The Dynamics of American Politics: Approaches and Interpretations

By Lawrence C. Dodd; Calvin Jillson | Go to book overview

6
Liberalism and the Course of American Social Welfare Policy

RUSSELL L. HANSON

For the past decade policymakers and scholars alike have been keenly interested in the development of welfare states, albeit for different reasons. In many industrialized countries, policymakers are struggling to contain the growth of social welfare policy; some are even trying to reduce its size out of concern for economic vitality. For their part, scholars are trying to understand the functions and limits of social welfare policy in different settings, and at different times. Interestingly, both groups have focused their attention on the United States, which has an "exceptional" welfare state regarded by some policymakers as a model for the future, and by many scholars as an anachronism in a postindustrial age (Bell, 1989).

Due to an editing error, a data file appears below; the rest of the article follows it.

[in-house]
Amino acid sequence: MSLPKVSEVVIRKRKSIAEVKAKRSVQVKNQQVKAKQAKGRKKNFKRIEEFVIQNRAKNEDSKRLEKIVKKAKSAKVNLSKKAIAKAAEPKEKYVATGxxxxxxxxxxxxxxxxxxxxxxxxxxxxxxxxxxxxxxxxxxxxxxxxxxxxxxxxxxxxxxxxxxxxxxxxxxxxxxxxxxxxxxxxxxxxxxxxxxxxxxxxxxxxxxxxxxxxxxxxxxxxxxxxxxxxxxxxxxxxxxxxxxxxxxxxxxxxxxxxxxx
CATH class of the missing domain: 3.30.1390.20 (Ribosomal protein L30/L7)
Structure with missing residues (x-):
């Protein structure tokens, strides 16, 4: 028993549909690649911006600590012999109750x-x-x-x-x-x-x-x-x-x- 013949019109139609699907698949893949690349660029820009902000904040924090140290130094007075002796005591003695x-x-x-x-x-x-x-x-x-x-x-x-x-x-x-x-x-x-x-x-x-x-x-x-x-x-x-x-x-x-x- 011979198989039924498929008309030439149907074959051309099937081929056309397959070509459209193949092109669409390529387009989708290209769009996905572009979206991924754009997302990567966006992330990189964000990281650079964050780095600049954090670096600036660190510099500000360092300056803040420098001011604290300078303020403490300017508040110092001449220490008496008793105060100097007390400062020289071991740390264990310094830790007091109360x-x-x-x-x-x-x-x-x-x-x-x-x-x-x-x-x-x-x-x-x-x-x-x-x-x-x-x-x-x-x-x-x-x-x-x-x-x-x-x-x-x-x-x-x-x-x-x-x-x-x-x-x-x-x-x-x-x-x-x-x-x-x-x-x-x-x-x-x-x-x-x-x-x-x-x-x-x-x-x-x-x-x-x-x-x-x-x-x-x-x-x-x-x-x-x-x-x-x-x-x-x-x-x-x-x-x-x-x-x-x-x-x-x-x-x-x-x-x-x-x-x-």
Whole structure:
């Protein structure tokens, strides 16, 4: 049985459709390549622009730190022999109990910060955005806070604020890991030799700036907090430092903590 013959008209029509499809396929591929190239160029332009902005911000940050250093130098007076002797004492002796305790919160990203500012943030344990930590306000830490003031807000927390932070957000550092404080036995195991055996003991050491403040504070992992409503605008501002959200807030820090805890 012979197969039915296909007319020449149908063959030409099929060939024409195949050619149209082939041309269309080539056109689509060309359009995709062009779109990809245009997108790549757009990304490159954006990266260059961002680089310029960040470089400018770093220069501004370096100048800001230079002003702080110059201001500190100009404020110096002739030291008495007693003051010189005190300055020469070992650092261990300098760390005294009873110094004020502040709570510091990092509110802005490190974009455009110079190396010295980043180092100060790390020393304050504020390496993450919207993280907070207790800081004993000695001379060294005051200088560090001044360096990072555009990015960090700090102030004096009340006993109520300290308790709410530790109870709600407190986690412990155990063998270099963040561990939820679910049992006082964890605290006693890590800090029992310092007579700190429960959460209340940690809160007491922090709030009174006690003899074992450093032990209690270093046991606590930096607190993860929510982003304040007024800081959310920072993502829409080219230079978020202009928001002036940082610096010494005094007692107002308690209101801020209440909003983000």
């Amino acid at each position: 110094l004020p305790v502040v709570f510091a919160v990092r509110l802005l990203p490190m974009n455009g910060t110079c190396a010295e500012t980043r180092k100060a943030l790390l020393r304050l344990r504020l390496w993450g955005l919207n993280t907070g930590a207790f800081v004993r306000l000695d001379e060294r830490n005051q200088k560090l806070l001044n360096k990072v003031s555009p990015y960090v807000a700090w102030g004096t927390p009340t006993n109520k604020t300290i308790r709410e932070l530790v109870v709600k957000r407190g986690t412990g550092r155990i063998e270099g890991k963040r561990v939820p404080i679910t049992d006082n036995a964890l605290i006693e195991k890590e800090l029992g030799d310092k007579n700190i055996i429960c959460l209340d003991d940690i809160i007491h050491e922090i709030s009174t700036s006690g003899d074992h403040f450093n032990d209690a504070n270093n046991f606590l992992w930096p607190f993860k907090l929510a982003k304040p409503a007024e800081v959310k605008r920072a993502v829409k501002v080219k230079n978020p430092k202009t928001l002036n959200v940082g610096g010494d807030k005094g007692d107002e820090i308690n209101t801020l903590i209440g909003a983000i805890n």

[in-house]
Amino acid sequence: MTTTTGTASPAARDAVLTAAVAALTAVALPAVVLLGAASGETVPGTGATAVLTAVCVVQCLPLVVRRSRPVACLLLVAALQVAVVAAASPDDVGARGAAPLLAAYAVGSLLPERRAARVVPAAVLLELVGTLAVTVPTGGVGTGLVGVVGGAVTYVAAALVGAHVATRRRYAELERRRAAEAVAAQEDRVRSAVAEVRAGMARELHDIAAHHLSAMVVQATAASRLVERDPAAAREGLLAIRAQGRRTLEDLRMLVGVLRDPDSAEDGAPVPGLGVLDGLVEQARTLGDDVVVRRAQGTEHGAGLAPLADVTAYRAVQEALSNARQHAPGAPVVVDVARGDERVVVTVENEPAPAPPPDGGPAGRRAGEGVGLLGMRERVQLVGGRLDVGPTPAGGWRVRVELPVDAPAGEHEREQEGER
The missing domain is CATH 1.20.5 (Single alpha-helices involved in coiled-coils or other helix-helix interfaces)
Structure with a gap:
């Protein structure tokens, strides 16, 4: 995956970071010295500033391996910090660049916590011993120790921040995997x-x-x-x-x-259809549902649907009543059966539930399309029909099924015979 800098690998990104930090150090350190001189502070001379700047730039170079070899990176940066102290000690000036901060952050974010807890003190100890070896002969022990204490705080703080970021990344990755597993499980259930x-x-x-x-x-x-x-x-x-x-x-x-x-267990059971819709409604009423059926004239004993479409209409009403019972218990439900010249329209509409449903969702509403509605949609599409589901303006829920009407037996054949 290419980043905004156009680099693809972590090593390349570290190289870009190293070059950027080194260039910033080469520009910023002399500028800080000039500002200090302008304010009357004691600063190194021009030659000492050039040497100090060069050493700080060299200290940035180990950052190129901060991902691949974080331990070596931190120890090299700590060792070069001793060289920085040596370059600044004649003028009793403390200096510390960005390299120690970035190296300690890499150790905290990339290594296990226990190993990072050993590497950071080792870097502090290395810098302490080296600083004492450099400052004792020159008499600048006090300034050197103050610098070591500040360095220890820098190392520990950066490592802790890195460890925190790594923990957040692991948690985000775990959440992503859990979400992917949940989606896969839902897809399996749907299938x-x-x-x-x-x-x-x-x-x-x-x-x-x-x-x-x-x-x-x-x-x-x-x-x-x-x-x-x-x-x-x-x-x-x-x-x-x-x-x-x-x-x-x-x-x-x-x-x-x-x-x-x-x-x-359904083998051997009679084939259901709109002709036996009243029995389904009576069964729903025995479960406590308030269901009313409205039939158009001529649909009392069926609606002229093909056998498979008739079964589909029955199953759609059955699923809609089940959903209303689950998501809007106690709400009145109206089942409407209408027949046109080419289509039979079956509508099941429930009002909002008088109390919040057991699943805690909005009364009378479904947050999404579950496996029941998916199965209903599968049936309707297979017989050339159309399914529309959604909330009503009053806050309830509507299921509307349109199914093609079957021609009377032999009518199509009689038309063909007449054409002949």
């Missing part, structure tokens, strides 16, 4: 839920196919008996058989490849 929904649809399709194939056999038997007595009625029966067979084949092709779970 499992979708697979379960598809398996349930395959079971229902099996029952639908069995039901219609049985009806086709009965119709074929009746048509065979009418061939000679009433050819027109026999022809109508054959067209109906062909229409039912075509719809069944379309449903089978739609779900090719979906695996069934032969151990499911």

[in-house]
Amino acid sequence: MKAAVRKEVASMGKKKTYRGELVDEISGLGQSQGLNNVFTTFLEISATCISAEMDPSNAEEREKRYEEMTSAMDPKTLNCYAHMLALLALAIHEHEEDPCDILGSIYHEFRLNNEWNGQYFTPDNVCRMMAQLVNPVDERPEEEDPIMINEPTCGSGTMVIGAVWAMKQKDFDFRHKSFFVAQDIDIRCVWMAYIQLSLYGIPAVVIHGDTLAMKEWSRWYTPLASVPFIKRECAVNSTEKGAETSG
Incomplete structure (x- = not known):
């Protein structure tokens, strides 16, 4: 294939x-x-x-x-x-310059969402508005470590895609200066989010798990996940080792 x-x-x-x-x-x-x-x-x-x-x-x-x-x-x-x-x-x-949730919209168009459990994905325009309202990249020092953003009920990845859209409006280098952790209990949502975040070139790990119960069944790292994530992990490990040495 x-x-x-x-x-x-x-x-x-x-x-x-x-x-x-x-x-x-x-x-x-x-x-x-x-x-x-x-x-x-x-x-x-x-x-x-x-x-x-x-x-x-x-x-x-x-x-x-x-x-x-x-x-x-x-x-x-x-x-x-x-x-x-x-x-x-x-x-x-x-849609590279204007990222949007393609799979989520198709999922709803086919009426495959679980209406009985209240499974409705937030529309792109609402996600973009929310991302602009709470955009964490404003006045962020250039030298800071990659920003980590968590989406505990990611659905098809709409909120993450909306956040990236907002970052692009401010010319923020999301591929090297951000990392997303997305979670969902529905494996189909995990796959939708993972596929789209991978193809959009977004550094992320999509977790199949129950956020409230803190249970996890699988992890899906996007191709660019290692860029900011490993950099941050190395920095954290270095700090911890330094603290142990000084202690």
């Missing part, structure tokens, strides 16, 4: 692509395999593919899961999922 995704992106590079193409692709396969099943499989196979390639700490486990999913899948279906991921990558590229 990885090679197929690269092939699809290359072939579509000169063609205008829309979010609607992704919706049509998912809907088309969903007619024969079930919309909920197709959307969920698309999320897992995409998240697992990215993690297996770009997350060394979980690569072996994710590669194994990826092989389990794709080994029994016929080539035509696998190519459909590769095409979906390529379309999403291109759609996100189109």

Indeed, the U.S. welfare state is exceptional in many respects, including its rather late appearance on the scene. Although its lineage may be traced to pension programs for Civil War veterans, the welfare state in this country really did not take shape until passage of the Social Security Act in 1935, which established Old Age Insurance (OAI), unemployment compensation (UC), and three forms of public assistance: Old Age Assistance (OAA), Aid to Dependent Children (ADC), and Aid to the Blind (AB). By then equivalent programs existed in Western Europe, Scandinavia, and even Canada, so the development of social welfare policy in the United States was slow in comparison with other industrialized nations in the West.1

Furthermore, programs enacted in this country were far from universal. A broad spectrum of the population was entitled to support in many European countries, but not in the United States. The public assistance programs addressed only certain categories of dependency, and they were means-tested. OAI covered a fairly narrow segment of the work force, until it was extended in the 1950s to include the self-employed. Also, OAI was a contributory program funded by workers and their employers (although most economists believe the payroll tax merely constituted a sub

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